It’s possible to mediate your divorce any time – from before a case is even started until you are on the verge of a trial. However mediation is completely voluntary for all concerned. What factors affect when your spouse is likely to be receptive and therefore when to propose divorce mediation?
There are many facets to most divorces. There’s an emotional divorce, a financial divorce, a legal divorce and often a social divorce and a parenting divorce. Each of these facets can have their own timing. How your spouse is experiencing them will affect their receptivity to beginning divorce mediation with you.
There’s also the matter of trust. Agreeing to mediate nearly always presumes a level of trust.
Factors Affecting When to Propose Divorce Mediation
Emotionally, there are different stages of grieving that apply to divorce. The spouse who is not initiating the divorce usually first goes through a phase of denial. Later, when the reality has sunk in, the spouse may go through periods of strong emotions such as anger and sadness. These are generally not the best times to suggest mediation, unless your spouse remains reasonably clear-headed despite these emotions. The last emotional phase is often one of acceptance. If you can wait this long, this is an excellent time to propose mediation.
Financially, when there is a pressing need to make challenging financial decisions, such as interim support or how to pay the bills during separation, this is often a good time to suggest mediation. If your spouse is not comfortable with finances generally, it may help to acquaint them with the details of your finances, both to show your intent to collaborate and to help them become more comfortable. Then suggesting mediation can be a good way to show your spouse that you want the financial decision making to be balanced and fair.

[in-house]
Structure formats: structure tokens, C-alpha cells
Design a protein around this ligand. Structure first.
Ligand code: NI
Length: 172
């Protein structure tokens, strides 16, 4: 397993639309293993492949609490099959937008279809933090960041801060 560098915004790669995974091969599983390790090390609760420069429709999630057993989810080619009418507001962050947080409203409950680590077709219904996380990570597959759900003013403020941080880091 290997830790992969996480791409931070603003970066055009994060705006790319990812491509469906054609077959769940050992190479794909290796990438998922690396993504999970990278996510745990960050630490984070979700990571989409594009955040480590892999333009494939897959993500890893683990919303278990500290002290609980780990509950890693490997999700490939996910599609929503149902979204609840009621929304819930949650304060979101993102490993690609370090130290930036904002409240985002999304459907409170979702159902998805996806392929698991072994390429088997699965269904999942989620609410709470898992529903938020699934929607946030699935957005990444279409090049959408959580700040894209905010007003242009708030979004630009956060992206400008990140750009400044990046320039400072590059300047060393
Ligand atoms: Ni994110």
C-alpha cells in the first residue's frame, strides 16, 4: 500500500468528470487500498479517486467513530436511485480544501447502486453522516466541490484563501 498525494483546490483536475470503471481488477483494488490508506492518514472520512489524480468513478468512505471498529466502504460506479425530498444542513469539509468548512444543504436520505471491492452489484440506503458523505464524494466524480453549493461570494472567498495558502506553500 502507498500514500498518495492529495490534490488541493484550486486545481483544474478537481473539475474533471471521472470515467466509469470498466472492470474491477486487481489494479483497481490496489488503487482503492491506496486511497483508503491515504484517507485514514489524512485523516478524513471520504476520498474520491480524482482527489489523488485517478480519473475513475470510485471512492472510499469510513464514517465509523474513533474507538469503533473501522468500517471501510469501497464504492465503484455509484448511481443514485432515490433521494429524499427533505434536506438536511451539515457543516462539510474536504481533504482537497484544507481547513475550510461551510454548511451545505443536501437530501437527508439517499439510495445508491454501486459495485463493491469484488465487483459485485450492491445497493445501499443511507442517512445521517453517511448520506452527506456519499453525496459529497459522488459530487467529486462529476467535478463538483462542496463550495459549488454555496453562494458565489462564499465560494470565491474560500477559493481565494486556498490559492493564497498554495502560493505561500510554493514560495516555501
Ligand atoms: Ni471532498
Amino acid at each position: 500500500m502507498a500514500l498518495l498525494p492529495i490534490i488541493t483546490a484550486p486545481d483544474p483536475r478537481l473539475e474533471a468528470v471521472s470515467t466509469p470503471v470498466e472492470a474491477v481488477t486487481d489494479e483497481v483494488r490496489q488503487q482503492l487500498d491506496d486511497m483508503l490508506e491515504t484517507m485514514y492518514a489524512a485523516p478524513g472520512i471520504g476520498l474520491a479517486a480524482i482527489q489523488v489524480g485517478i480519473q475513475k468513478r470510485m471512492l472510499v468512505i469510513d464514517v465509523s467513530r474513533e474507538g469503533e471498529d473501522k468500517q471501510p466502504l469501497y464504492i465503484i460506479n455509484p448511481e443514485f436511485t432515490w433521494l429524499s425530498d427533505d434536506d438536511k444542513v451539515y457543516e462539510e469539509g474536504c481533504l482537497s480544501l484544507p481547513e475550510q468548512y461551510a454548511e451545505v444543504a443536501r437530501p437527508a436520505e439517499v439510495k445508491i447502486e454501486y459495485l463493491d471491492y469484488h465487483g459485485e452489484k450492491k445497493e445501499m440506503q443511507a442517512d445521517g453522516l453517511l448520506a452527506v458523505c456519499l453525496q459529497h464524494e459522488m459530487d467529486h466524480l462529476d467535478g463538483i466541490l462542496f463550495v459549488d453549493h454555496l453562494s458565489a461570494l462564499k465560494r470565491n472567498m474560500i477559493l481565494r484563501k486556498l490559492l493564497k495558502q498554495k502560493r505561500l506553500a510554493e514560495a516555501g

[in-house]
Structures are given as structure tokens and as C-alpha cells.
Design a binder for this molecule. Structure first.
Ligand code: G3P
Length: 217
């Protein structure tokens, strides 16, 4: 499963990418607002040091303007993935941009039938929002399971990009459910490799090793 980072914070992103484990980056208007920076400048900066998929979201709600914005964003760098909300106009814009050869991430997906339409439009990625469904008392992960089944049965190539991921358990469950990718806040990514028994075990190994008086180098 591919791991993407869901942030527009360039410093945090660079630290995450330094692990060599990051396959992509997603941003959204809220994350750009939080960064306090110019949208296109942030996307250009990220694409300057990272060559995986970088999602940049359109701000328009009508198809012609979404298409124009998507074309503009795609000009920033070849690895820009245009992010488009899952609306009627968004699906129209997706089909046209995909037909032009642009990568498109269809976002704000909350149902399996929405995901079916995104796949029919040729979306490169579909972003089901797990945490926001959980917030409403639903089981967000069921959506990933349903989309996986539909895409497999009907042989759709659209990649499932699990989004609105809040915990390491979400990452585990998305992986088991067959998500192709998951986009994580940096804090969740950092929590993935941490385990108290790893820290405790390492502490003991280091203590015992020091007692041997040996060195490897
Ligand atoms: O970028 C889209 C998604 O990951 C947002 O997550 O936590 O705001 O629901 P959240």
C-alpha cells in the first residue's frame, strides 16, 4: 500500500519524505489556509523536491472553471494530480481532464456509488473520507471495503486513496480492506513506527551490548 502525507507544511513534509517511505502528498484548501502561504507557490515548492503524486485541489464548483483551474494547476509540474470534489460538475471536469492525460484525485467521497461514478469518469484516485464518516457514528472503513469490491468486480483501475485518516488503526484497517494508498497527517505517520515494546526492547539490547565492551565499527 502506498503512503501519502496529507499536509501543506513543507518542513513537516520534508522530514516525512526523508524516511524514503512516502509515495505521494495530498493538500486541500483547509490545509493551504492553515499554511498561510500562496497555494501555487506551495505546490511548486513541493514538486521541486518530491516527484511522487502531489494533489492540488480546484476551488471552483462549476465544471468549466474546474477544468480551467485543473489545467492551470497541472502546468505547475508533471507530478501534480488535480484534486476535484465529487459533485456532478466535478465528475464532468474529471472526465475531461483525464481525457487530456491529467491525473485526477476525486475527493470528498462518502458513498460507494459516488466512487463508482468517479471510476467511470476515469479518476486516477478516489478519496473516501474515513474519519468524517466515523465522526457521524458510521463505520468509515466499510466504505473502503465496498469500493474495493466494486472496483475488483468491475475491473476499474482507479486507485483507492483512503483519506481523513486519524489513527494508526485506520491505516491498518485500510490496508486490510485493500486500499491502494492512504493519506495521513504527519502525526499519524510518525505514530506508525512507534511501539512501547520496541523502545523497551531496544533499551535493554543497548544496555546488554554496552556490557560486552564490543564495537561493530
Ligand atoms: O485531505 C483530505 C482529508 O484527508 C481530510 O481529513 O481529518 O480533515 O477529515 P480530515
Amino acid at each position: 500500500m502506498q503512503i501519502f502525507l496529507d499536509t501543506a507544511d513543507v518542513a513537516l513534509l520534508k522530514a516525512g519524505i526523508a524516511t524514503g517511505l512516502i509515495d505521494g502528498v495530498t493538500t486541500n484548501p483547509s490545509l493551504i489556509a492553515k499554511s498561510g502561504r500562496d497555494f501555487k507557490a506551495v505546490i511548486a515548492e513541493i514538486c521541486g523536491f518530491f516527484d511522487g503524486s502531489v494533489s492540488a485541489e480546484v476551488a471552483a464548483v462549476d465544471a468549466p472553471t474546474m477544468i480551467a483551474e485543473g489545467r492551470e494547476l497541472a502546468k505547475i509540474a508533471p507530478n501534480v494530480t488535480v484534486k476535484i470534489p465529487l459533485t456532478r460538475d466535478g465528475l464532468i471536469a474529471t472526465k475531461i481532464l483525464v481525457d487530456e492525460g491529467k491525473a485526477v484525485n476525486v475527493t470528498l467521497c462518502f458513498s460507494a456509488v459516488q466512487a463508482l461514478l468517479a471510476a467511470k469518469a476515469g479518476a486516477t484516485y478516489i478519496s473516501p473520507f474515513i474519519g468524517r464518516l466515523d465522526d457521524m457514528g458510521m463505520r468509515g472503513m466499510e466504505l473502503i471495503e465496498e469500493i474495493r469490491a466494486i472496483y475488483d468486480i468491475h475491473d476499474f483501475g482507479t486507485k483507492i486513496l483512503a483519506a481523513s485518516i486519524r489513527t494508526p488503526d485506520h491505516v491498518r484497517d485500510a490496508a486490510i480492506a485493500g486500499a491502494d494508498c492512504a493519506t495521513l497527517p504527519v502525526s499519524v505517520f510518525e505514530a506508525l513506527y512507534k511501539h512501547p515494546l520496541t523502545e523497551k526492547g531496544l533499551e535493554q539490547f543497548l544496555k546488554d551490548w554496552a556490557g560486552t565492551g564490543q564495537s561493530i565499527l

As regards the legal divorce, the best time to suggest mediation is before a divorce petition has been filed. You can help your spouse understand that mediation can preempt any adversarial and costly legal maneuvering by either of you. The timing of filing for divorce can then become a joint decision, including who will be the petitioner. If your case has already been filed, whenever the costs and stresses of litigation become apparent to your spouse can be when to propose divorce mediation.
Socially, if there are meddling friends or relatives, it’s good to suggest mediation before your spouse’s views become hardened by any outside influences.
If you have minor children and it becomes clear that some help will be needed to develop an acceptable, workable co-parenting plan, this is an excellent time to propose mediation.
If a serious lack of trust is a factor in the break-up of the relationship, often this will need to be repaired or at least addressed before both spouses will be ready and willing to mediate. If one spouse is primarily responsible for the breakdown in trust, it’s best if this spouse takes the lead in this regard.
The most important thing to realize is that your spouse is experiencing the upheaval of divorce differently and with different timing than you are – and usually very differently. If you try to put yourself in their shoes, you will often see more clearly when they might be ready to try mediation to work out all the decisions necessary for your divorce.